Gold Loans NBFCs: Auctions To Normalise due to Stable Prices, Says Report
Moneylife Digital Team 23 February 2022
The gold loan auctions by non-bank finance companies (NBFCs) rose during the first nine months of FY21-22 (9MFY21-22), perhaps the highest since FY13-14 when gold saw enormous volatility in its prices. NBFCs offering gold loans faced higher auction pressures in 9MFY21-22, mainly due to the COVID-19 impact on borrowers’ cash-flows and gold price correcting by around 10% during the mid-June to 30 September 2021 period, says a research note. 
In the report, India Ratings and Research (Ind-Ra) says, “Auctions by gold loan NBFCs would normalise during the fourth quarter (4Q) of FY22, as gold prices have stabilised after periods of corrections seen since December 2020, along with normalcy returning in business activities.”
However, according to the rating agency, facing intense competition from banks and the absence of any similar spikes in gold prices, NBFCs, especially those with an extensive portfolio, are likely to adopt aggressive strategies to maintain and expand their gold loan franchise.
“Some of the strategies would reflect in compromising on margins while offering lower yield loans, especially large ticket size loans, to retain customers, incurring higher operating expenditure, and probably driving flexible loan terms, thus impacting operating performance. A similar fall was seen in 4QFY21, adding further pressure in 1QFY22,” it added. 
The chart above reflects a sizeable proportion of loans turning delinquent, leading to auctions in the range of 4% to 13% of gold assets under management (AUM) in 9MFY21-22 across lenders with subsequent build-up in gross stage-3 assets. 
Ind-Ra says, “The total stress would be even higher than the summation of these data as not all delinquencies are auctions with some managing to arrange payments. As gold loan borrowers, especially small ticket ones, are generally among the financially weaker segments, the auction data also indicates the high stress among these borrowers largely due to the pandemic. This is corroborated by the high delinquencies observed in microfinance loans in 9MFY22.”
According to the rating agency, the sharp rise in delinquencies and auctions are a reminder that the asset class performance remains vulnerable to sharp volatility in gold loan prices and income volatility among weak borrowers.  
“While NBFCs have seen a sharp rise in loan auctions, the situation at banks has been less intensive as the regulations ensure that the loan-to-value (LTV) ratio remains lower throughout the tenor of the loans, increasing the incentive for borrowers to arrange for the redemption of gold loans from lenders,” it added.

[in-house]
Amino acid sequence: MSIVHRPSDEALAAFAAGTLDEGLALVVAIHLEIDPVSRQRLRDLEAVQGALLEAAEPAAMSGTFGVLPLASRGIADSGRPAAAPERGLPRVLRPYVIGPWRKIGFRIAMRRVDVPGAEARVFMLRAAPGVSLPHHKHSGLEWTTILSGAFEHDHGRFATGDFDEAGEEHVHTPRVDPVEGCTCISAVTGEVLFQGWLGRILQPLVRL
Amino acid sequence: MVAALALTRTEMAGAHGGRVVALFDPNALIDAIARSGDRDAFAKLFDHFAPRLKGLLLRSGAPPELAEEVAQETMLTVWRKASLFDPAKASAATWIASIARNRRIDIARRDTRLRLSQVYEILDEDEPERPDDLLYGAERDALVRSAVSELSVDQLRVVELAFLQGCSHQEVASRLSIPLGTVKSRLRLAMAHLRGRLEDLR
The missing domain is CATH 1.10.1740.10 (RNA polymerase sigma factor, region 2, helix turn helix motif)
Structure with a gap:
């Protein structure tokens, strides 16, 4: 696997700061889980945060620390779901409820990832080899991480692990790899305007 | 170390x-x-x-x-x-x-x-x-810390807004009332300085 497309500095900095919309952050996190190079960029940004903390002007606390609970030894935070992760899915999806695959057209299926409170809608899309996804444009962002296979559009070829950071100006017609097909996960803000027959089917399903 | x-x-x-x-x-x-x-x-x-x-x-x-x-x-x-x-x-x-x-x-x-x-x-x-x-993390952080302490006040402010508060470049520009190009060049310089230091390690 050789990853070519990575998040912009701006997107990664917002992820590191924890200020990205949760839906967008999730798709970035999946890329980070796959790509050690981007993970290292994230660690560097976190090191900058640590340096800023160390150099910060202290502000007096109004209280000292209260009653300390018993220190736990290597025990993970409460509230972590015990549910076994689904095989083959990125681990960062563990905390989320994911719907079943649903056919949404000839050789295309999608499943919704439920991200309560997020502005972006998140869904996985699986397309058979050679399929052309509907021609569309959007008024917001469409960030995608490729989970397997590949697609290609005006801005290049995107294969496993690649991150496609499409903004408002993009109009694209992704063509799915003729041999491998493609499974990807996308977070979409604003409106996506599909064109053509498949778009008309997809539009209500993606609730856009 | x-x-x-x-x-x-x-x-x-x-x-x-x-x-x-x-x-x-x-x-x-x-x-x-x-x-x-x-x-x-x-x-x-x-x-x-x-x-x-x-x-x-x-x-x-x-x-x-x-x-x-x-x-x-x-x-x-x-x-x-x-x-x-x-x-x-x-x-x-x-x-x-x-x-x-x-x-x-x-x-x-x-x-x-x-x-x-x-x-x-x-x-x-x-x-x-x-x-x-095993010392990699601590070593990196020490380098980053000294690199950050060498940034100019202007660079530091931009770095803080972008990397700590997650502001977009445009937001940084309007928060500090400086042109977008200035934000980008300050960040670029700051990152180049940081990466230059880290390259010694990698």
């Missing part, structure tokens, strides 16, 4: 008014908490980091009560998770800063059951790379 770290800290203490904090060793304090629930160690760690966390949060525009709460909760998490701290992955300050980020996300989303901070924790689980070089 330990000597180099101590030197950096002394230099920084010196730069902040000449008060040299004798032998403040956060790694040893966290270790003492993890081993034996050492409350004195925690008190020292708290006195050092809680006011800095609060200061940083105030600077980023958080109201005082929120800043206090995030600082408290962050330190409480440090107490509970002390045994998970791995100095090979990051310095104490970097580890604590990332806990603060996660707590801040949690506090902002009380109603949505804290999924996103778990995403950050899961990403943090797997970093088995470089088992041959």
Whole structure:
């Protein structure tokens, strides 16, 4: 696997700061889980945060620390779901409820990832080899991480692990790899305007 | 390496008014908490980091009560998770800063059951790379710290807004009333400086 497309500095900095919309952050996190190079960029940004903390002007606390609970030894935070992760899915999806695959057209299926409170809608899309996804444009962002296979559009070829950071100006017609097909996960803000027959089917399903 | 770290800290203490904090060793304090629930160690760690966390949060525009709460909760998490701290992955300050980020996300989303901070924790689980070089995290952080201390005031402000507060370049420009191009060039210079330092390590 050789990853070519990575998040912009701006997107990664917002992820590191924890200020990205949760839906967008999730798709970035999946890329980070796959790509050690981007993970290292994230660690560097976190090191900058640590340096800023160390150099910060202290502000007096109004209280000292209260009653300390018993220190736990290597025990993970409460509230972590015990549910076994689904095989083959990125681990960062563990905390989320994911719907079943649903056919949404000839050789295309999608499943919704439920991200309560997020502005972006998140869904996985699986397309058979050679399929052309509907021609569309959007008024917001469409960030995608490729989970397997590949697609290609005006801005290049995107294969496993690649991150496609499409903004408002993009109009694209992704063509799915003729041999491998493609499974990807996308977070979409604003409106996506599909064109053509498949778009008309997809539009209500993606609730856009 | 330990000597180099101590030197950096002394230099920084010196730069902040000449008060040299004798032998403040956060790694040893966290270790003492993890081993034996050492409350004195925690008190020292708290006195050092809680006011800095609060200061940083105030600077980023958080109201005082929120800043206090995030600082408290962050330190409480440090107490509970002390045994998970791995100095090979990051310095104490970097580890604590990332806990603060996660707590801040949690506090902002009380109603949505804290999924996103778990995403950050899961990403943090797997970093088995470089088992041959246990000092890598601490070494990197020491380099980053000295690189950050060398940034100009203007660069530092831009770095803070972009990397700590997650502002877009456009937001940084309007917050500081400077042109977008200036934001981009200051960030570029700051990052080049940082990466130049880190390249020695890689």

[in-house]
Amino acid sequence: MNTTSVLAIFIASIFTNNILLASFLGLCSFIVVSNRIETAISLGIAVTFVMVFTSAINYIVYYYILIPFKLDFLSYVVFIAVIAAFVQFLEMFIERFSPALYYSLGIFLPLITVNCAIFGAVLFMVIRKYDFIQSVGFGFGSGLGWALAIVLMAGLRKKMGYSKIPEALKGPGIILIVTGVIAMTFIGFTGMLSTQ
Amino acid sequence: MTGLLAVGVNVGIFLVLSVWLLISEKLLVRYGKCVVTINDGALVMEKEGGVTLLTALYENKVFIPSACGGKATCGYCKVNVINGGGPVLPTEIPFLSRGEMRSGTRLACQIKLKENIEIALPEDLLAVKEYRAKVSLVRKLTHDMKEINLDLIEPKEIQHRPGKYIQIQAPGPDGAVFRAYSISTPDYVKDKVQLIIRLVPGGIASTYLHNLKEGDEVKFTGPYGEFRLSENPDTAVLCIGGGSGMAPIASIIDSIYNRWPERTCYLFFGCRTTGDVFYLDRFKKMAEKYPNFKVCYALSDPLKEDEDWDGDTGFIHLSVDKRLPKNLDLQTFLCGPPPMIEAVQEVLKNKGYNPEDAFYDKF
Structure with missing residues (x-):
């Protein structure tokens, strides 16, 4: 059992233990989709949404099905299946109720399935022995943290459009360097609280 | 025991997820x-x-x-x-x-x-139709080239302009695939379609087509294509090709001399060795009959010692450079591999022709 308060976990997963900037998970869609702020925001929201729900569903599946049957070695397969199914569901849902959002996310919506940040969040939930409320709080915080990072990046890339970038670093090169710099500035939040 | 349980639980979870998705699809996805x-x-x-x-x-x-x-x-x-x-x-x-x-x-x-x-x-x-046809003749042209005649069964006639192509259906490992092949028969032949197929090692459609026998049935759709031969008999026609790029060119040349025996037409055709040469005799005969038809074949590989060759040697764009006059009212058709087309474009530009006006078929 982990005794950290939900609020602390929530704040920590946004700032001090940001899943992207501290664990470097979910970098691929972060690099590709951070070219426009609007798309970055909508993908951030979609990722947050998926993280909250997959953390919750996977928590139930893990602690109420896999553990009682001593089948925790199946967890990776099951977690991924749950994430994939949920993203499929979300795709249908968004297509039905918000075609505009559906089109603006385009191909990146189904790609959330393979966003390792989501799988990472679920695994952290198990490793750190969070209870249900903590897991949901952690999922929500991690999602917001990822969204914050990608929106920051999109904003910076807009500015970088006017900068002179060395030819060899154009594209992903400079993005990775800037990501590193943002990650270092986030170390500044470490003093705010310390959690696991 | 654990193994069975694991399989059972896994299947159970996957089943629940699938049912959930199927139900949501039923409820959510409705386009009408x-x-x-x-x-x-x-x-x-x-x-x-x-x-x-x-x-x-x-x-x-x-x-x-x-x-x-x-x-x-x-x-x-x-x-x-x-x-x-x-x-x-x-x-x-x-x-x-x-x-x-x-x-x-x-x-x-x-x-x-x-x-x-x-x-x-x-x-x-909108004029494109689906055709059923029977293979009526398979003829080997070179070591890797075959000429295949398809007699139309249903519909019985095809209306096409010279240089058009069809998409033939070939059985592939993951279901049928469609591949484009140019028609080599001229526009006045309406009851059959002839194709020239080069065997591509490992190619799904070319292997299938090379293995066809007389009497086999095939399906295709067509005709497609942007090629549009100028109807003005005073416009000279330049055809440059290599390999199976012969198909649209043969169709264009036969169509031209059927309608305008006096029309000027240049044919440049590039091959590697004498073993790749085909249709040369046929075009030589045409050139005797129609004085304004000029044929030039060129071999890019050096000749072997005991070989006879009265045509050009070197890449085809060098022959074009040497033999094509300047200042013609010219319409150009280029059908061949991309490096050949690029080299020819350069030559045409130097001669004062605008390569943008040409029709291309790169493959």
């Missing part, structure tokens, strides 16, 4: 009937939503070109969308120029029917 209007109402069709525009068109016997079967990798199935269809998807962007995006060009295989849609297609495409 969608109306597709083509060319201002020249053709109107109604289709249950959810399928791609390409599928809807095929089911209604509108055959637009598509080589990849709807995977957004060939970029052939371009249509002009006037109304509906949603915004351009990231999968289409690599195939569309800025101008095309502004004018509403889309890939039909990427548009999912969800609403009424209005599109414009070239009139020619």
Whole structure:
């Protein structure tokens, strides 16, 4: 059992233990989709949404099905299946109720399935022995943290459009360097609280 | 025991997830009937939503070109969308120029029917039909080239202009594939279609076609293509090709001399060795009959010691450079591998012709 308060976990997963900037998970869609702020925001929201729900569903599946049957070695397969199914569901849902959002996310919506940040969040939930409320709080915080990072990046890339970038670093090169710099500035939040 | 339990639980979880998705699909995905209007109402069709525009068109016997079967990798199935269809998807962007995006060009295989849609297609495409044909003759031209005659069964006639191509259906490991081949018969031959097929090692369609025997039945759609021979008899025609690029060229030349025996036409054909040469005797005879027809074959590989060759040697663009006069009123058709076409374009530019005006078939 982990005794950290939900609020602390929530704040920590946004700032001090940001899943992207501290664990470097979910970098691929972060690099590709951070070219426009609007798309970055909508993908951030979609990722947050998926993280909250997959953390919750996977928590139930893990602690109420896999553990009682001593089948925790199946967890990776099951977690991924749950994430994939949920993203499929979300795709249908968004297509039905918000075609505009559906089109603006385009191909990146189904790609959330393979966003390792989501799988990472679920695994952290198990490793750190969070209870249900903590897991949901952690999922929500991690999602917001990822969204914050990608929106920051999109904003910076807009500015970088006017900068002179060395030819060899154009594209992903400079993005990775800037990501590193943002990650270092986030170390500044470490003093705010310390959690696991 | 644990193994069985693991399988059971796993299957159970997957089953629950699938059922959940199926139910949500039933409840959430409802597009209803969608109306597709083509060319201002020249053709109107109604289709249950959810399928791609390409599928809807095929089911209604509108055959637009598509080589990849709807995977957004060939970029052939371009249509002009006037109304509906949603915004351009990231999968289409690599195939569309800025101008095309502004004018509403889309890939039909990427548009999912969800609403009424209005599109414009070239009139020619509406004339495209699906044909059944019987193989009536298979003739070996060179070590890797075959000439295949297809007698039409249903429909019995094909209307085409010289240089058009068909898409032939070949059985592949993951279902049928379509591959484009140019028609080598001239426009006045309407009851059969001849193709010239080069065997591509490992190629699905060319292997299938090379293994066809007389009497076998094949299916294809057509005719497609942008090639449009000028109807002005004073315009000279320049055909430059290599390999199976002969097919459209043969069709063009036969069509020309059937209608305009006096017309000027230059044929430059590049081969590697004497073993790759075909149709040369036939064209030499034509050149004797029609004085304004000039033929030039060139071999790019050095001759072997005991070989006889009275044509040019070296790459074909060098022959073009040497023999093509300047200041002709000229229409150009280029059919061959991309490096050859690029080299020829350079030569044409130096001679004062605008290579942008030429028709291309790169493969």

Ind-Ra notes that the general practice among NBFCs financing gold loans is to limit the LTV ratio at 75% at disbursal and this buffer could reduce on a build-up of interest. However, banks are required to maintain LTV of 75% during the entire tenor of loans. 
As per the respective internal risk policies, NBFCs largely send auction notices to borrowers if the accrued interest plus principal dues lead to a rise in LTV to 90%-95%, thereby necessitating borrowers to either top-up the collateral or close the loan. In case of a shortfall in both the cases, the borrower collateral goes for an auction. 
As gold prices seem to have stabilised and the price holding current levels, Ind-Ra opines that the auctions would stabilise towards a long-term average without sharp corrections. 
“Further, a large portion of auction could mean that some weak borrowers would have filtered out. Also, the high liquidity in collateral and fast liquidation ensure modest loss, given the default for lenders. In most cases, losses are limited to part of the interest, if any. However, the larger implication is on loan portfolio expansion,” the rating agency says. 
Many private and public banks have become fairly active in the gold loan space, enticed by high yield and liquid security. For example, the gold loan portfolio across banks has jumped by more than 89% year-on-year (y-o-y) to Rs607 billion in FY20-21 and Rs709 billion in 9MFY21-22.
These banks have a large distributed presence and have strong pricing power. In addition, since these loans are to be distributed from mostly existing infrastructure, the incremental operating expenditure is moderate. The gold loans across banks, which are classified as agricultural gold loans where there is LTV relaxation available, provide banks with the ability to offer similar terms as that of NBFCs, Ind-Ra points out. 
According to the rating agency, higher competition from banks could result in NBFCs pursuing aggressive strategies to maintain and expand their gold loan franchise. This, it says, could result in an increasing proportion of lower yield loans, especially in higher ticket size loans and expansion in operating costs impacting profitability. Furthermore, there could be a temptation to make loan terms more flexible. 
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